The emphasis for yesterday's trading clearly shifted back to risk-sentiment from interest rate speculation, and the US Dollar benefited across the board. Investors used the excuse of concerns about rising sovereign debt troubles to take profits on risky positions ahead of the year end. Fitch downgraded Greece's debt rating while Dubai and other government debt worries escalated. Moody's cut the ratings of six Dubai-linked issuers after concluding that no meaningful government support would be provided to top firms like DP World. Also, U.S. stocks fell after disappointing corporate news from 3M Co and McDonald's. This news raised some doubts about consumer spending, a key requirement for the recovery to take place. The Dow Jones lost over 100 points. British and European shares closed as much as 1.7 percent down due to bank fears of over risk-exposure to Dubai.

As we have seen again and again, when risk sentiment is driving the FX markets, and when the sentiment is risk-aversion, traders pile into safe-haven currencies like the US dollar and the Japanese Yen. The euro fell to a one-month low of $1.4665 against the dollar from a daily high of $1.4862, the lowest it has fallen since early November. The Eurodollar traded flat during most of the night but has staged a mild rebound in early morning trading. It is hovering at around the $1.4730 level at the time of this writing.



Meanwhile, the Sterling was down 0.3 percent to $1.6237, after falling to an eight-week low of $1.6224. It has managed to crawl back to $1.6259 at the time of this writing. Worries about Britain's fiscal health continued to pressure the UK currency. Soft economic data, a major fall in the value of Royal Bank of Scotland's shares, and worries about the state of Britain's public finances and debt rating have all played a part. Yesterday, England reported mixed economic data, with monthly housing starts coming in better-than expected but monthly manufacturing production worse-than-expected.


The Yen rose along with the dollar during yesterday's flight to safety, regardless of the fact that its economic situation remains quite grim. The Japanese government agreed on a $81 billion stimulus package aimed at preventing the economy from slipping back into recession. Deflationary worries are mounting, and the strong yen is undermining the country's export business. Japan's gross domestic product grew a revised 0.3 percent (reported last night) in Q3 from the previous quarter, against forecasts for a 0.7 percent expansion. The Nikkei lost 1 percent. Nevertheless, the JPY advanced for a second day versus the USD to around 88.35 yesterday and has remained firm this morning. There is indication that support exists for the pair at 87.80Y, while resistance is expected at around the 88.80Y mark.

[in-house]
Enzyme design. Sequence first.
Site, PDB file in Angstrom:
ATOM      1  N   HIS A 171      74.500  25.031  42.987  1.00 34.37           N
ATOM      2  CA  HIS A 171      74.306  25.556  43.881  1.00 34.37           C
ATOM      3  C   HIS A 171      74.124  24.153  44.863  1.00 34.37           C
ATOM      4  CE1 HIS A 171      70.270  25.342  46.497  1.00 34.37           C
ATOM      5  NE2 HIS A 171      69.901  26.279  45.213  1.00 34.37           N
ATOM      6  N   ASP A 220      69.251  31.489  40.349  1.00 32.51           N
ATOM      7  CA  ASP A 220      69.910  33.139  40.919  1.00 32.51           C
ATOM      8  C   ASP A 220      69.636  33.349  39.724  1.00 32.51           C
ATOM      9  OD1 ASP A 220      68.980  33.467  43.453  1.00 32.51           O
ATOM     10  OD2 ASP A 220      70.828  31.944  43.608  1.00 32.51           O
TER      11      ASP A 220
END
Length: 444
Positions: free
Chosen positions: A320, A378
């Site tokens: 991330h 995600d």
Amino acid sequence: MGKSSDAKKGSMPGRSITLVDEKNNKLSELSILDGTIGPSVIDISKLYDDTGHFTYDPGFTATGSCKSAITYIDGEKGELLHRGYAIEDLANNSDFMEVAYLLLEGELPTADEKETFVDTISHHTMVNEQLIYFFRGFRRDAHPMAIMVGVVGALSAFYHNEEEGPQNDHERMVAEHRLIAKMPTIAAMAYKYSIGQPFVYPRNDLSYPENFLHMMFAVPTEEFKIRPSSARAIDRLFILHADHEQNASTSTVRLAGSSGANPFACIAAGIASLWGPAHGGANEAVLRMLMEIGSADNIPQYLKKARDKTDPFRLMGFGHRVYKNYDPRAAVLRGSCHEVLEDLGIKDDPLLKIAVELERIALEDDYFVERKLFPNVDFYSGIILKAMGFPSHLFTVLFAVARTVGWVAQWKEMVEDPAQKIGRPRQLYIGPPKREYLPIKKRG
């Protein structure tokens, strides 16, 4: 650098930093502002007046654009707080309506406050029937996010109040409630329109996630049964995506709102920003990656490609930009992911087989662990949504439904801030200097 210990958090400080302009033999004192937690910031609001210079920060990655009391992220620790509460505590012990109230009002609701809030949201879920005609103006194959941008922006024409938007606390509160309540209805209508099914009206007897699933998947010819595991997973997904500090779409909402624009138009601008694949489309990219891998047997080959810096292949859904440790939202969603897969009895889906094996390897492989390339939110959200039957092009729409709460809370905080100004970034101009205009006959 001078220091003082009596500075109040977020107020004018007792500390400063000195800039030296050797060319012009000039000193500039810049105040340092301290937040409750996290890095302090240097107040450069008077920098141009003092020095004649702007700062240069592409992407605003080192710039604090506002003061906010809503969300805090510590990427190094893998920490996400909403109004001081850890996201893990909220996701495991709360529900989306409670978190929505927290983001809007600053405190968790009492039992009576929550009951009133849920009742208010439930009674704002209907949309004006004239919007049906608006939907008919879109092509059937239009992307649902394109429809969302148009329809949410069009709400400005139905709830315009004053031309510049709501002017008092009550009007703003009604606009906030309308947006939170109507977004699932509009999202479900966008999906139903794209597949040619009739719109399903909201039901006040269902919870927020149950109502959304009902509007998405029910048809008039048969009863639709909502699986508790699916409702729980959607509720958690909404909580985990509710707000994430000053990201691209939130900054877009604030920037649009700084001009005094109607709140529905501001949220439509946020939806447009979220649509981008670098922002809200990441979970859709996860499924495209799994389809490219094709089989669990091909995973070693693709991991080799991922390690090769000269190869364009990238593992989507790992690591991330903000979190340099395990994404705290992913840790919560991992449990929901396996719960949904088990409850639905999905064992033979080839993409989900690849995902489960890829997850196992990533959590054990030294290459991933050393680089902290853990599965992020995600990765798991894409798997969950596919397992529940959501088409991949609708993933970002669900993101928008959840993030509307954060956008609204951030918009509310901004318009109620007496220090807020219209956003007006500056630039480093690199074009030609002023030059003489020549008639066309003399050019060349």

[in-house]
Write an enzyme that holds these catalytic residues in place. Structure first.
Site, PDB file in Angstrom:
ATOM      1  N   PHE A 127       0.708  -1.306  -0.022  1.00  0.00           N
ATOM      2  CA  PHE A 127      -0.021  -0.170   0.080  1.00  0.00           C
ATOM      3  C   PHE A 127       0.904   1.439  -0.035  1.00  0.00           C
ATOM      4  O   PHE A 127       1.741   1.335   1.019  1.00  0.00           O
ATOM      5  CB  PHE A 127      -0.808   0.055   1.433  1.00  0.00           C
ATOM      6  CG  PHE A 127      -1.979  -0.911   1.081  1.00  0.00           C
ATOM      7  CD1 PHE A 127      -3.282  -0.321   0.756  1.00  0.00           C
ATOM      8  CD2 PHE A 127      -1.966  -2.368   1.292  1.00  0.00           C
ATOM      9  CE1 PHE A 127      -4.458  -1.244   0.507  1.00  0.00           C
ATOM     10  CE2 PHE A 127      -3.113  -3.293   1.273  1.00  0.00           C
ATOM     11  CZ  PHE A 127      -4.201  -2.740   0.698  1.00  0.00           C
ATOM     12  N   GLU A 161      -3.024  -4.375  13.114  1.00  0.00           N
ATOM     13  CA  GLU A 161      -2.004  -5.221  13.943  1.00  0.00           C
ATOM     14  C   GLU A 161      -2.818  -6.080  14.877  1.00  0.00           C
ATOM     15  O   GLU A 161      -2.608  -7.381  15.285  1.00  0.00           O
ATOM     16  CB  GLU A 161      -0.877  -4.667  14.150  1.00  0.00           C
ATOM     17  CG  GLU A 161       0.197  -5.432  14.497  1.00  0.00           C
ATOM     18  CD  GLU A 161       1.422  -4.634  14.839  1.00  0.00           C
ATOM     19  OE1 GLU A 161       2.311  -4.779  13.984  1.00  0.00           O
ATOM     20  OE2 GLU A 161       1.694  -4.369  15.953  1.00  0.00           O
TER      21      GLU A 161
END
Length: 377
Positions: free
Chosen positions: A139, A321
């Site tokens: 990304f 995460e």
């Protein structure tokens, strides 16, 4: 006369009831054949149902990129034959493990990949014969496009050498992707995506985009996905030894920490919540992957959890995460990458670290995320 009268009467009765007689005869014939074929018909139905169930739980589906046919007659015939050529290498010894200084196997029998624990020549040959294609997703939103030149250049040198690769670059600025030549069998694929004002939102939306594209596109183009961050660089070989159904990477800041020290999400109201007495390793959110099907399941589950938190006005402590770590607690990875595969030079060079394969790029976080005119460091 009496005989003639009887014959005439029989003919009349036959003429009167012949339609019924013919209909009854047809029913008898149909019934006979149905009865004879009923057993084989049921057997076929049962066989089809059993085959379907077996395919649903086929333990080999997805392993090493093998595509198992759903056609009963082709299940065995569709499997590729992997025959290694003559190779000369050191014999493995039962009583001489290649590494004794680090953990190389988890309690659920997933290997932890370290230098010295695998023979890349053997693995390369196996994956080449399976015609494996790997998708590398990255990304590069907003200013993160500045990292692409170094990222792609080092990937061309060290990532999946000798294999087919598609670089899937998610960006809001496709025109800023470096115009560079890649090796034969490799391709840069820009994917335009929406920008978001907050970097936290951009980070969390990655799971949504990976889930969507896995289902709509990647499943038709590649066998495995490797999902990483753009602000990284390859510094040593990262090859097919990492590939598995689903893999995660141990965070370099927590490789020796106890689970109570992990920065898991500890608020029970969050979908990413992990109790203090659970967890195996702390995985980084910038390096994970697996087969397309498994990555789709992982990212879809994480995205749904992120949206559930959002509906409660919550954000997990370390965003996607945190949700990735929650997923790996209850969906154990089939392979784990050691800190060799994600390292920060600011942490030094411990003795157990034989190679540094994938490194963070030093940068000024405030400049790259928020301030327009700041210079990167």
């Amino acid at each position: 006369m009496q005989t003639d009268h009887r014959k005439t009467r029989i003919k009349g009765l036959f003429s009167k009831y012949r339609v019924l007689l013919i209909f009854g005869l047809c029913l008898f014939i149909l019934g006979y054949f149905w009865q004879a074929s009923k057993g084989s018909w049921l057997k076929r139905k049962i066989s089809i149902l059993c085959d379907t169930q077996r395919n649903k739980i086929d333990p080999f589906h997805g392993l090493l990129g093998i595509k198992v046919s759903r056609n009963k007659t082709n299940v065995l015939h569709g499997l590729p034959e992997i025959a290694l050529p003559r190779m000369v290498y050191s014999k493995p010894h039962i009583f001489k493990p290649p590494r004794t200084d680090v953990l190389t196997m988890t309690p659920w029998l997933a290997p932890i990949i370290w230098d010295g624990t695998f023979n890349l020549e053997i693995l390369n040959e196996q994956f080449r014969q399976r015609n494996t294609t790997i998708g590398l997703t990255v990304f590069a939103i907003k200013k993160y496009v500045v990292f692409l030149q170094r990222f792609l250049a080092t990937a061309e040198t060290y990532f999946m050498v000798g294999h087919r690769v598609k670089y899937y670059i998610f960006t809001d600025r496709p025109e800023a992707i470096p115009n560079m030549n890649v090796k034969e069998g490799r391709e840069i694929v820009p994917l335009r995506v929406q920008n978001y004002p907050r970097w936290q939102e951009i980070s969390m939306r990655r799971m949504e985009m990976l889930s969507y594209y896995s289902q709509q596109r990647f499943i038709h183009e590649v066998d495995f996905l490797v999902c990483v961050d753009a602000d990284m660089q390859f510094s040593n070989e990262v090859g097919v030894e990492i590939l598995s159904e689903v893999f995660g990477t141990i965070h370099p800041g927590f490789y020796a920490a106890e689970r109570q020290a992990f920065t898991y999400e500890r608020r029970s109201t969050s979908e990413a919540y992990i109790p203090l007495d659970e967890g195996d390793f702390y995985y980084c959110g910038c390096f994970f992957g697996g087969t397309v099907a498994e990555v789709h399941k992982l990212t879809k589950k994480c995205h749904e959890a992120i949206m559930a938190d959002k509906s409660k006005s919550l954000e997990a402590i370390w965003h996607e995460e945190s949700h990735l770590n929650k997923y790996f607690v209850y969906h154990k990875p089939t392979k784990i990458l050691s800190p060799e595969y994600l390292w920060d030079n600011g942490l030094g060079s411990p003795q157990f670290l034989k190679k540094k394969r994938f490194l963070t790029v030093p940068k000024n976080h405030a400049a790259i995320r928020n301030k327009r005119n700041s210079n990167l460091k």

Oil prices fell more than $1 to below $73 a barrel yesterday, extending losses to a fifth straight session as the dollar strengthened and demand concerns continued. There was a downward revision to the U.S. government's forecast for 2010 global oil demand growth. Oil markets have been looking to wider economic data and equity markets this year for a sign of a turnaround in the economy that could boost crude demand and lower inventory levels. U.S. January crude futures have fallen $5.75, or 7.3 percent, since prices last rose on Dec. 1. However, U.S. crude futures rose back above $73 a barrel early this morning after industry data showed a surprise draw-down in U.S. crude inventories.



Gold remained pressured yesterday as the dollar rose. The metal fell to as low as $1,124 per ounce, the lowest since November 16. The world's largest gold-backed exchange-traded fund, SPDR Gold Trust, said its holdings fell to 1,116.247 tons as of Dec. 8, down 1.2 percent from the previous business day. It was the largest one-day drop in about five months. During late night and early morning trading, gold has rebounded modestly to about $1,135 at the time of this writing.


In the opinion of this author, profit-taking has been the main factor behind the dollar's recent rise. If risk-sentiment was so influential, why did traders jump out of riskier assets and into the dollar after Friday's impressive US jobs numbers? It seems that investors are looking for reasons to unwind profits from higher-yielding assets, especially since we are nearing year-end. This leads one to think that this dollar rally may prove unable to extend into 2010, given the relatively unfavorable economic situation that the US is facing.

Expect the FX market to get most of its cues from the equity markets and other global news today.

News coming up today:

It is a very light day on the economic news front today, with highlights being US crude oil inventories and the New Zealand interest rate decision.

UK Trade Balance: 9:30 GMT

US Crude Oil Inventories: 15:30 GMT

NZ Interest Rate Decision and Press Conference: 18:00 GMT